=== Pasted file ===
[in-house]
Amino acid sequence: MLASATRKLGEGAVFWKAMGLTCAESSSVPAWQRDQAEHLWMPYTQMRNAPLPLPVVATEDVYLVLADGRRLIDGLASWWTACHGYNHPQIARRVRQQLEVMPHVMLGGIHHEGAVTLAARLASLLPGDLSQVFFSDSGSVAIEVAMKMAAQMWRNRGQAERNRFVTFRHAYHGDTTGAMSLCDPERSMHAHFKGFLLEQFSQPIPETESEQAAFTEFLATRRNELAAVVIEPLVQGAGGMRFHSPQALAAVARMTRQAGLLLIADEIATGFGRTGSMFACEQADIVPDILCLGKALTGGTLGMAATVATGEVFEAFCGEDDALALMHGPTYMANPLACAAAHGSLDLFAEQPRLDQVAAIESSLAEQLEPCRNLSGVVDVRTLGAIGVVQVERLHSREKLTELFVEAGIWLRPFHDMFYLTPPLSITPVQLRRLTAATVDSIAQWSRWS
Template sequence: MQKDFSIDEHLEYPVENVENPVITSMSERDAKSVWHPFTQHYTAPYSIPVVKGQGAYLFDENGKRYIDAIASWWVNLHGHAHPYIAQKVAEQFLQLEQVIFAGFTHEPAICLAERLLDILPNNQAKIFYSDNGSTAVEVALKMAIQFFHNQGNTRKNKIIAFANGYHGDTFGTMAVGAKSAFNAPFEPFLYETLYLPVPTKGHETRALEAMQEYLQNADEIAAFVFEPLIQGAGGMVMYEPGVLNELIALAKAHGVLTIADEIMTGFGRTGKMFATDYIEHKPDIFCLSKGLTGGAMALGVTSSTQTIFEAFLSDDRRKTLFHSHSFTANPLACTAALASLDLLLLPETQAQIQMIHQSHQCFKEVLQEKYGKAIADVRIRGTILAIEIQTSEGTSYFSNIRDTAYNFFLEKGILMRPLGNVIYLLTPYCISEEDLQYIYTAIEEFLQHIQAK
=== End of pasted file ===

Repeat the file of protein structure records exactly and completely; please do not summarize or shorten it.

[in-house]
Amino acid sequence: MLASATRKLGEGAVFWKAMGLTCAESSSVPAWQRDQAEHLWMPYTQMRNAPLPLPVVATEDVYLVLADGRRLIDGLASWWTACHGYNHPQIARRVRQQLEVMPHVMLGGIHHEGAVTLAARLASLLPGDLSQVFFSDSGSVAIEVAMKMAAQMWRNRGQAERNRFVTFRHAYHGDTTGAMSLCDPERSMHAHFKGFLLEQFSQPIPETESEQAAFTEFLATRRNELAAVVIEPLVQGAGGMRFHSPQALAAVARMTRQAGLLLIADEIATGFGRTGSMFACEQADIVPDILCLGKALTGGTLGMAATVATGEVFEAFCGEDDALALMHGPTYMANPLACAAAHGSLDLFAEQPRLDQVAAIESSLAEQLEPCRNLSGVVDVRTLGAIGVVQVERLHSREKLTELFVEAGIWLRPFHDMFYLTPPLSITPVQLRRLTAATVDSIAQWSRWS
Template sequence: MQKDFSIDEHLEYPVENVENPVITSMSERDAKSVWHPFTQHYTAPYSIPVVKGQGAYLFDENGKRYIDAIASWWVNLHGHAHPYIAQKVAEQFLQLEQVIFAGFTHEPAICLAERLLDILPNNQAKIFYSDNGSTAVEVALKMAIQFFHNQGNTRKNKIIAFANGYHGDTFGTMAVGAKSAFNAPFEPFLYETLYLPVPTKGHETRALEAMQEYLQNADEIAAFVFEPLIQGAGGMVMYEPGVLNELIALAKAHGVLTIADEIMTGFGRTGKMFATDYIEHKPDIFCLSKGLTGGAMALGVTSSTQTIFEAFLSDDRRKTLFHSHSFTANPLACTAALASLDLLLLPETQAQIQMIHQSHQCFKEVLQEKYGKAIADVRIRGTILAIEIQTSEGTSYFSNIRDTAYNFFLEKGILMRPLGNVIYLLTPYCISEEDLQYIYTAIEEFLQHIQAK